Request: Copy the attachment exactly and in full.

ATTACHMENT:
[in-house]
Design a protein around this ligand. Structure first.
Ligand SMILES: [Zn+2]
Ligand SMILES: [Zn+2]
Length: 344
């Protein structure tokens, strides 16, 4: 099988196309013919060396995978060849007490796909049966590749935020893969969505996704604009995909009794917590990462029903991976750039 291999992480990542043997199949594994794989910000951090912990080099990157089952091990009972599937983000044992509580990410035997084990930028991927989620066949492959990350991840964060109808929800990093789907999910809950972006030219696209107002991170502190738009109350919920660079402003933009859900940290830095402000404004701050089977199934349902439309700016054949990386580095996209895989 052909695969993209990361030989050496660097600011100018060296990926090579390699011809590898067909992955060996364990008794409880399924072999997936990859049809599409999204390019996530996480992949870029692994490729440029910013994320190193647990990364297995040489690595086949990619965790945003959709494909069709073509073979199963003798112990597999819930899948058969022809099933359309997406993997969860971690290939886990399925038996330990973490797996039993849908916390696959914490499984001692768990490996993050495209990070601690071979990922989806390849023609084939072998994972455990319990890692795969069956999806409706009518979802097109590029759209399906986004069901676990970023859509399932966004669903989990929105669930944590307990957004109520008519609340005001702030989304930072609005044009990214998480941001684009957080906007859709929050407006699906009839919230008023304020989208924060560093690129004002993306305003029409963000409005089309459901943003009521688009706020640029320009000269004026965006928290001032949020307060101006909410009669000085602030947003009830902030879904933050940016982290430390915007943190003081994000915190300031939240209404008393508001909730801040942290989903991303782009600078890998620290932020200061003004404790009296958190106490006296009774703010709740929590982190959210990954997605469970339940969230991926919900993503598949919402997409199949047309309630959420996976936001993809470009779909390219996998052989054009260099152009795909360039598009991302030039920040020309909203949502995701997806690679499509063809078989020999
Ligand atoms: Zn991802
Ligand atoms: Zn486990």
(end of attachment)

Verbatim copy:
[in-house]
Design a protein around this ligand. Structure first.
Ligand SMILES: [Zn+2]
Ligand SMILES: [Zn+2]
Length: 344
């Protein structure tokens, strides 16, 4: 099988196309013919060396995978060849007490796909049966590749935020893969969505996704604009995909009794917590990462029903991976750039 291999992480990542043997199949594994794989910000951090912990080099990157089952091990009972599937983000044992509580990410035997084990930028991927989620066949492959990350991840964060109808929800990093789907999910809950972006030219696209107002991170502190738009109350919920660079402003933009859900940290830095402000404004701050089977199934349902439309700016054949990386580095996209895989 052909695969993209990361030989050496660097600011100018060296990926090579390699011809590898067909992955060996364990008794409880399924072999997936990859049809599409999204390019996530996480992949870029692994490729440029910013994320190193647990990364297995040489690595086949990619965790945003959709494909069709073509073979199963003798112990597999819930899948058969022809099933359309997406993997969860971690290939886990399925038996330990973490797996039993849908916390696959914490499984001692768990490996993050495209990070601690071979990922989806390849023609084939072998994972455990319990890692795969069956999806409706009518979802097109590029759209399906986004069901676990970023859509399932966004669903989990929105669930944590307990957004109520008519609340005001702030989304930072609005044009990214998480941001684009957080906007859709929050407006699906009839919230008023304020989208924060560093690129004002993306305003029409963000409005089309459901943003009521688009706020640029320009000269004026965006928290001032949020307060101006909410009669000085602030947003009830902030879904933050940016982290430390915007943190003081994000915190300031939240209404008393508001909730801040942290989903991303782009600078890998620290932020200061003004404790009296958190106490006296009774703010709740929590982190959210990954997605469970339940969230991926919900993503598949919402997409199949047309309630959420996976936001993809470009779909390219996998052989054009260099152009795909360039598009991302030039920040020309909203949502995701997806690679499509063809078989020999
Ligand atoms: Zn991802
Ligand atoms: Zn486990």